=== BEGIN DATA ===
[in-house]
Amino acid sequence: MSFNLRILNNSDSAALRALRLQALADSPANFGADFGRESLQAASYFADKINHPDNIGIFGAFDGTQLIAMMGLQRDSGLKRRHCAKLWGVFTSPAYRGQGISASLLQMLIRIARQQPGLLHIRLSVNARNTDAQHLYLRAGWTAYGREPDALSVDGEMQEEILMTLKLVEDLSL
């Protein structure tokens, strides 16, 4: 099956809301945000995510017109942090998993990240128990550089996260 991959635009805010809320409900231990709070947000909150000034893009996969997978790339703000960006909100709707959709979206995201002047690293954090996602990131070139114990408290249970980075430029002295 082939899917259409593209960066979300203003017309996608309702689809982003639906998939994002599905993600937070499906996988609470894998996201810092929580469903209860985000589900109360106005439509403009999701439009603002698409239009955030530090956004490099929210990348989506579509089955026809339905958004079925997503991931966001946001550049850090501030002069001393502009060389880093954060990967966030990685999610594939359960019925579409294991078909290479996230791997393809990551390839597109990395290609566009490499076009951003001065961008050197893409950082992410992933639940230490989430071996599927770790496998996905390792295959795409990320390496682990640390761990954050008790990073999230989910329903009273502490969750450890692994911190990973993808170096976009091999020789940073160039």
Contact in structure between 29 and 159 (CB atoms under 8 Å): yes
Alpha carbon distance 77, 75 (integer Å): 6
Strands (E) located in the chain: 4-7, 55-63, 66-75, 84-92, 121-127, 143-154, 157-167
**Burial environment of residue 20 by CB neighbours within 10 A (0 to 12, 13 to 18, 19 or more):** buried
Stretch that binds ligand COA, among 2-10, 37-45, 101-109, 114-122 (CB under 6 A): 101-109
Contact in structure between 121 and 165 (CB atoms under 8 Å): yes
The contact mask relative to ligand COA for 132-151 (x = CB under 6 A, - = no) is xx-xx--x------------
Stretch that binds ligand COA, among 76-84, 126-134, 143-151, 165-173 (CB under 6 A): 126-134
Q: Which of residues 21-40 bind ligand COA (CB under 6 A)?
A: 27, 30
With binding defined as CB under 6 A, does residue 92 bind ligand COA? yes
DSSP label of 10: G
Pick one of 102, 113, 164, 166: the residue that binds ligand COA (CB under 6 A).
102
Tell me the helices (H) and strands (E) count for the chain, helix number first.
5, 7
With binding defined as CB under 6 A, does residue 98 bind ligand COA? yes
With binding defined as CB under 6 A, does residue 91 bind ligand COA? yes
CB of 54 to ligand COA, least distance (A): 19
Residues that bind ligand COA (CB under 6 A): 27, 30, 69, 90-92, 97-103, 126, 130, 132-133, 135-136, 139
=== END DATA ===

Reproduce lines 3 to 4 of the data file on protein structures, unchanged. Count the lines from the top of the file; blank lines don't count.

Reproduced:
């Protein structure tokens, strides 16, 4: 099956809301945000995510017109942090998993990240128990550089996260 991959635009805010809320409900231990709070947000909150000034893009996969997978790339703000960006909100709707959709979206995201002047690293954090996602990131070139114990408290249970980075430029002295 082939899917259409593209960066979300203003017309996608309702689809982003639906998939994002599905993600937070499906996988609470894998996201810092929580469903209860985000589900109360106005439509403009999701439009603002698409239009955030530090956004490099929210990348989506579509089955026809339905958004079925997503991931966001946001550049850090501030002069001393502009060389880093954060990967966030990685999610594939359960019925579409294991078909290479996230791997393809990551390839597109990395290609566009490499076009951003001065961008050197893409950082992410992933639940230490989430071996599927770790496998996905390792295959795409990320390496682990640390761990954050008790990073999230989910329903009273502490969750450890692994911190990973993808170096976009091999020789940073160039």
Contact in structure between 29 and 159 (CB atoms under 8 Å): yes